You're on the right track. As you've discovered, printing is all about color management. I like to think of it in two main stages: Creating the image, and printing the image.
Creating the Image
1. Start by shooting RAW.
2. Then use a quality monitor, preferably with an IPS panel to reduce/eliminate color shifts with viewing angle.
3. Calibrate your monitor with a tool like the X-Rite i1 Display Pro, ColorMunki or the Spyder equivalent.
4. Use a good post-processing program like Adobe Lightroom, Capture One, etc, to produce the final image.
Printing the Image
Send your image to your favorite lab or printing service, or...
...print your own images with your own printer. There are a couple of recent threads on this topic here on Canon Rumors. Printing can be challenging and rewarding. For some, it's cost prohibitive, for others (like me), it's worth the cost and can be less expensive if you take advantage of deals when they pop-up.
If you're wanting to print, you'll need to research the printers that are out there and choose the one that suits your needs best. Once you have the printer, be sure to print with quality paper and use an ICC profile specifically for that printer/paper combination. Either let the printer driver handle all the color correction, or let the program you're printing from (e.g. Lightroom) handle it all, but not both at the same time.
A couple of things to keep in mind:
1. Your monitor projects the image with light directly to your eyes. The printed photo reflects light from it. Brightness will differ, whites will differ, depending on paper selection, ambient light, et cetera. You won't get an image that looks just like the screen. That said, with decent color management, you should get something that matches color, white balance and contrast pretty well.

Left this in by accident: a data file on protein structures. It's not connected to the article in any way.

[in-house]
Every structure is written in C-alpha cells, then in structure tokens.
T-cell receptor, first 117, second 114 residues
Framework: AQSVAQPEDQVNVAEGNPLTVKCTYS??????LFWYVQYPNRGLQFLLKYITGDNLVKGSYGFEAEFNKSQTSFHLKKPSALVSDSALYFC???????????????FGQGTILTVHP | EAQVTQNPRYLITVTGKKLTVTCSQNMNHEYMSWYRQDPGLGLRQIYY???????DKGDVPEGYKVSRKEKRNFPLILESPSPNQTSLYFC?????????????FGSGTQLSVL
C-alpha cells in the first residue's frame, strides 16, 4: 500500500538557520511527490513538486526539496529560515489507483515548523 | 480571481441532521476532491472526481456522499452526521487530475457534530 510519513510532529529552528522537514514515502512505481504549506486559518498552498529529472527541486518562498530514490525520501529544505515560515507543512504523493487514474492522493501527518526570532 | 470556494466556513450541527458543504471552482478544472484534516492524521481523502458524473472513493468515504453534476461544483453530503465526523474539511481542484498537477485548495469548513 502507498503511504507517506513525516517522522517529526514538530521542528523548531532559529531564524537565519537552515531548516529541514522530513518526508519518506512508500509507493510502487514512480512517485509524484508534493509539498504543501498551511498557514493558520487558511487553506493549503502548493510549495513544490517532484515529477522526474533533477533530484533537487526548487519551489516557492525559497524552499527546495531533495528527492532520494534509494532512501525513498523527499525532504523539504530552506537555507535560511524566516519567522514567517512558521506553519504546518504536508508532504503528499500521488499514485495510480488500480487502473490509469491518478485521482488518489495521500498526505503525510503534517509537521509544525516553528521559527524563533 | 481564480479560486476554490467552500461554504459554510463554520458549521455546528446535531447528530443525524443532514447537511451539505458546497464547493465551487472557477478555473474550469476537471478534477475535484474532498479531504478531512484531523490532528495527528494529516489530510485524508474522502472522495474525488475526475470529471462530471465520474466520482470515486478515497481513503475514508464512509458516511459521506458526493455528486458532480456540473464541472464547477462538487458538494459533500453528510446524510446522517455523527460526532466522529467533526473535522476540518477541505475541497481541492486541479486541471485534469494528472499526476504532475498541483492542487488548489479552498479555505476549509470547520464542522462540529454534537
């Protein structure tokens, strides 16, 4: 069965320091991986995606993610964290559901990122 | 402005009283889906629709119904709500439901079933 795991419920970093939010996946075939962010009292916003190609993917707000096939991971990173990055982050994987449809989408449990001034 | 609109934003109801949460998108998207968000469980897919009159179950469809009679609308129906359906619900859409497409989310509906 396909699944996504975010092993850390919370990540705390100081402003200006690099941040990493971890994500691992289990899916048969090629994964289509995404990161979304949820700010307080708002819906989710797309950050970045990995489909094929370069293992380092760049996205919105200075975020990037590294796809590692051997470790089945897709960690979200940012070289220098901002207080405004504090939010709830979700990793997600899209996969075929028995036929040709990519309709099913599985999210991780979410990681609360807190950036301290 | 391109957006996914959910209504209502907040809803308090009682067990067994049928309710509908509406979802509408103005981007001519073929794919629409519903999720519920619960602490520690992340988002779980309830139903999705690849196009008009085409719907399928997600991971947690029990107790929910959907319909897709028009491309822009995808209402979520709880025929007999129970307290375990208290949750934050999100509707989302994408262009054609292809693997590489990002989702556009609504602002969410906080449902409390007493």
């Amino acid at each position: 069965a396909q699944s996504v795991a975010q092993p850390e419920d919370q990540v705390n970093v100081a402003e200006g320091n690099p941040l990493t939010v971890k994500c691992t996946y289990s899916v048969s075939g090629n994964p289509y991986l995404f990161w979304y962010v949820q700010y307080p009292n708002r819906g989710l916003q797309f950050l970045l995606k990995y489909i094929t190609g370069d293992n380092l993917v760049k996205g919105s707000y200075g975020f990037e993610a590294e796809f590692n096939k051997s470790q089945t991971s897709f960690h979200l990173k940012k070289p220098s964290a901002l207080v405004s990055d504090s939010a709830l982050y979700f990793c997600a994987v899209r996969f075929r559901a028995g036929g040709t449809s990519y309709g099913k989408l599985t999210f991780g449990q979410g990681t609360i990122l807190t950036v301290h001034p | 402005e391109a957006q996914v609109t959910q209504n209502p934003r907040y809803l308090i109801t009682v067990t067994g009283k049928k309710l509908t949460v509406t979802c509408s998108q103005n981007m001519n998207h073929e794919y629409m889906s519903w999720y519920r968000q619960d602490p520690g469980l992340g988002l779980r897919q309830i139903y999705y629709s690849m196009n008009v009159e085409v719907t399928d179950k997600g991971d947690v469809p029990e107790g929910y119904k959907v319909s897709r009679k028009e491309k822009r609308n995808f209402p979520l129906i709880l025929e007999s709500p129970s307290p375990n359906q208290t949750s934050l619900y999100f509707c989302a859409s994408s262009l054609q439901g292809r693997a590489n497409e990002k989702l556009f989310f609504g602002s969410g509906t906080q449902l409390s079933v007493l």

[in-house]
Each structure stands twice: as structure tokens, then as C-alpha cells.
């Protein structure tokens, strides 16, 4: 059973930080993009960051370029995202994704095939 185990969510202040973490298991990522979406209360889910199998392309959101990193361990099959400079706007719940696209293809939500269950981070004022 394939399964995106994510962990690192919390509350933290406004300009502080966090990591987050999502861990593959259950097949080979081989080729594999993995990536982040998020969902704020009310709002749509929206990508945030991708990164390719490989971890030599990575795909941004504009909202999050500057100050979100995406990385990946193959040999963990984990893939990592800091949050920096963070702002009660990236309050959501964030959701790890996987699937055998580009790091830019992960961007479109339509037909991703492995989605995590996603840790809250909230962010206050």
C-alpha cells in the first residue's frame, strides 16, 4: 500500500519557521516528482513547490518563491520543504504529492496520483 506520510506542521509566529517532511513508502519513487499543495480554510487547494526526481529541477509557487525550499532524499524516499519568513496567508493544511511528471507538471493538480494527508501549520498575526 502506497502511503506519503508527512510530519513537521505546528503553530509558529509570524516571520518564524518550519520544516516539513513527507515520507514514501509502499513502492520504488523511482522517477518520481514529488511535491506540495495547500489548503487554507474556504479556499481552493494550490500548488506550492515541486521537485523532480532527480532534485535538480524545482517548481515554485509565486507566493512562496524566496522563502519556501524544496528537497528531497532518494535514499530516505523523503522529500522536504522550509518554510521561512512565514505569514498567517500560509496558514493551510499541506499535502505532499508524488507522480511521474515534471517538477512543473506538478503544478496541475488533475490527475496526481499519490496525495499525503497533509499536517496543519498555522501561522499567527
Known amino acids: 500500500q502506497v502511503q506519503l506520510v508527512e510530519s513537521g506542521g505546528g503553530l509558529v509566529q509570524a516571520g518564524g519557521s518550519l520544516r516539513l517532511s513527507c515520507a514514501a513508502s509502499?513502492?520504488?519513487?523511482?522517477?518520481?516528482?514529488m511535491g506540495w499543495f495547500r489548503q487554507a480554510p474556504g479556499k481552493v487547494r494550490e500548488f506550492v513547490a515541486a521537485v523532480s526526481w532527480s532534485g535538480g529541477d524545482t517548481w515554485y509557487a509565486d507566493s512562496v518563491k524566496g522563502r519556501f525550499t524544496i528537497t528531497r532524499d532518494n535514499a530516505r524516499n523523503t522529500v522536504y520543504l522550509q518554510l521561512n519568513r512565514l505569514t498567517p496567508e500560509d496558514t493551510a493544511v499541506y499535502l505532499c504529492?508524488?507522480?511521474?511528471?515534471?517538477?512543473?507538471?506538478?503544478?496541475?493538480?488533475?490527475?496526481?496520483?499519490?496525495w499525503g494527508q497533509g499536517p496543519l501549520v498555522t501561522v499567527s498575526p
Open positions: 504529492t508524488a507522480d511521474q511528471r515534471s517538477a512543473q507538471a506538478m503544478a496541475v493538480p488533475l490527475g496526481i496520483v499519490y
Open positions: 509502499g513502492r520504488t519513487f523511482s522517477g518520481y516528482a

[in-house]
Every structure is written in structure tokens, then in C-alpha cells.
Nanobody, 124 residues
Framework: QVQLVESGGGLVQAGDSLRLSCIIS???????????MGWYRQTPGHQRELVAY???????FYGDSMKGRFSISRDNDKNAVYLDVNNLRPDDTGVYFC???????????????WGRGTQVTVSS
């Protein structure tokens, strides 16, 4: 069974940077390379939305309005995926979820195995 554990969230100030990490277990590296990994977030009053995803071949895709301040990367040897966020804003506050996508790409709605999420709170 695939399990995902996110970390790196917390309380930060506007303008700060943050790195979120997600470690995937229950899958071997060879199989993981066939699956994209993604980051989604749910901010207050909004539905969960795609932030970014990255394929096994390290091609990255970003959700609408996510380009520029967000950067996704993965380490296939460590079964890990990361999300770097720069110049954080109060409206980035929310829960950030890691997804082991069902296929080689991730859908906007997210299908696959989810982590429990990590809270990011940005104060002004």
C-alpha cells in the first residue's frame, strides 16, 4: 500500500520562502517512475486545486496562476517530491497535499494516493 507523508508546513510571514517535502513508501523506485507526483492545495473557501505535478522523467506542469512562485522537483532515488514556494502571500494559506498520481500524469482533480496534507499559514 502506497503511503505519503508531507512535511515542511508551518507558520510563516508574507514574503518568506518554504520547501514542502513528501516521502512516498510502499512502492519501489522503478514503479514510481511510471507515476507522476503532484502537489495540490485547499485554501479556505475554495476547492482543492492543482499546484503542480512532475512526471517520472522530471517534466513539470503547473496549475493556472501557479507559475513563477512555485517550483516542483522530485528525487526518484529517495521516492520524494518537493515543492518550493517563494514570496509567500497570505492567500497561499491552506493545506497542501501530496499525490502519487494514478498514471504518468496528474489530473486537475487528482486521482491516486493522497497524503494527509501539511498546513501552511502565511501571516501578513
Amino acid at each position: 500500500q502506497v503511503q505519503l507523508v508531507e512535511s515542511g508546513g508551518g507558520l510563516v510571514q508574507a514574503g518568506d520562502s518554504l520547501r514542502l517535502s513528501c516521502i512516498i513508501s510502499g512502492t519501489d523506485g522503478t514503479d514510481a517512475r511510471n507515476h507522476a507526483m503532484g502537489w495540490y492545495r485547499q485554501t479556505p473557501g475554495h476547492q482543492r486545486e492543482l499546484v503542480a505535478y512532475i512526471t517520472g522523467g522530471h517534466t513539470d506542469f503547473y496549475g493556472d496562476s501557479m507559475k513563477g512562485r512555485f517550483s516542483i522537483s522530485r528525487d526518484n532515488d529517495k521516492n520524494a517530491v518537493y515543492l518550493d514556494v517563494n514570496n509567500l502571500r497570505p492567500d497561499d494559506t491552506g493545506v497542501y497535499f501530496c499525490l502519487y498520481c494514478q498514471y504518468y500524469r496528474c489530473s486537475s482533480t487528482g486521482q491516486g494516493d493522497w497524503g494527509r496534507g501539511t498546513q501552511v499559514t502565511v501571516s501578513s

2. Color management is not an exact process. Every display, printer, paper, ink will differ in the colors they can each produce. It's easy to get sucked into a black hole of trying to make everything perfect. It won't be. But with reasonable effort, you should be able to produce pleasing results.
What I use:
1. Canon 70D, shooting RAW.
2. Dell Ultrasharp IPS monitor
3. Process in Adobe Lightroom.
4. Lightroom handles all color correction for printing.
5. Printer is a Canon PIXMA Pro-100 (pretty much free when the right rebate is available).
6. Canon and Red River papers, using Canon and Red River ICC profiles for each paper.
I've been able to produce results that make me do the happy dance. It's got me wanting to start doing my own mats, then my own frames, then wanting a 24" wide format printer. It's a slippery slope, so be warned.
To sum up, you must at least do color-managed creation. For printing, you can always send your work out to a lab or printing service.